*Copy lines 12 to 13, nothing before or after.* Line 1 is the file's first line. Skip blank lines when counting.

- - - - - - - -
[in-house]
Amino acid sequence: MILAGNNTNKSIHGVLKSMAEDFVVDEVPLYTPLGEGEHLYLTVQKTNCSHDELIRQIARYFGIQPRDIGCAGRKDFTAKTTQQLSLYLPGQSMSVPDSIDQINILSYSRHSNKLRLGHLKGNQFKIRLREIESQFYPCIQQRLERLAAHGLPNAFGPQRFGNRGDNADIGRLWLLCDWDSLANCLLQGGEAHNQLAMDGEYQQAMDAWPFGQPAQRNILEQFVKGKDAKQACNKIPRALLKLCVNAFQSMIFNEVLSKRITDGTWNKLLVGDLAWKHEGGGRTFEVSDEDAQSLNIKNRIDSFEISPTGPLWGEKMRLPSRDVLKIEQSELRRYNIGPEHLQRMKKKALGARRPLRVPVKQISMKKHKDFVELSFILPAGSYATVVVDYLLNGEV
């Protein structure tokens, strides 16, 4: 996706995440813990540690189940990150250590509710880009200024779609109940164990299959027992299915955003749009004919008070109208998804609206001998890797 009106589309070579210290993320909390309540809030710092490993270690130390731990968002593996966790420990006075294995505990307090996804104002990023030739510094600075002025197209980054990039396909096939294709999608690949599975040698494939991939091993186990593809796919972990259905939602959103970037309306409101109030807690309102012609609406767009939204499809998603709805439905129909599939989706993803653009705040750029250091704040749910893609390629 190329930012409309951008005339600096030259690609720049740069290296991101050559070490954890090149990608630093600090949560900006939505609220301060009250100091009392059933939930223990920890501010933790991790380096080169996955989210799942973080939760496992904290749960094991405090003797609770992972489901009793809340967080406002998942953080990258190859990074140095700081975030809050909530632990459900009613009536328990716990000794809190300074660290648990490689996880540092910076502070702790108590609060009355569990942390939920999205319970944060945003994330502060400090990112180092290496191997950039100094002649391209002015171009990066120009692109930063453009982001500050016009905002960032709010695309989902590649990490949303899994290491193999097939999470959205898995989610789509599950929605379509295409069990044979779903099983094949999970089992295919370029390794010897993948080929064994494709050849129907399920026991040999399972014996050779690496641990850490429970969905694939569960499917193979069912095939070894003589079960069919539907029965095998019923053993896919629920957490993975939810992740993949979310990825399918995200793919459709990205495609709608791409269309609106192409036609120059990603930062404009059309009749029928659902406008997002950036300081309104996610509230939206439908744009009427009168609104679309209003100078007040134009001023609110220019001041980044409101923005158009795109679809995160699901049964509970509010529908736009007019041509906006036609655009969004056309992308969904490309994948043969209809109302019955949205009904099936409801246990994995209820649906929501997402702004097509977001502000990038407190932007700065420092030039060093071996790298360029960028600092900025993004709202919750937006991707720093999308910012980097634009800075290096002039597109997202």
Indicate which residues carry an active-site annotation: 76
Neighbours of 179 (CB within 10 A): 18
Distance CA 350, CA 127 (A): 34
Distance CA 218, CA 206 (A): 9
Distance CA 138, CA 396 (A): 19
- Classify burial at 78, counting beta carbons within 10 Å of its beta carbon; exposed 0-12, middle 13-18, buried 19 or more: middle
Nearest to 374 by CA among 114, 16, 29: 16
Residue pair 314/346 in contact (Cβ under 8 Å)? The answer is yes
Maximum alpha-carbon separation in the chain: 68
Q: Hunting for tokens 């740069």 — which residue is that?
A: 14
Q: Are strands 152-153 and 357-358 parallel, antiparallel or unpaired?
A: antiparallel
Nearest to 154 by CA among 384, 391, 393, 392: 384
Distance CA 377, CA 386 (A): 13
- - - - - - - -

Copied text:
Maximum alpha-carbon separation in the chain: 68
Q: Hunting for tokens 């740069």 — which residue is that?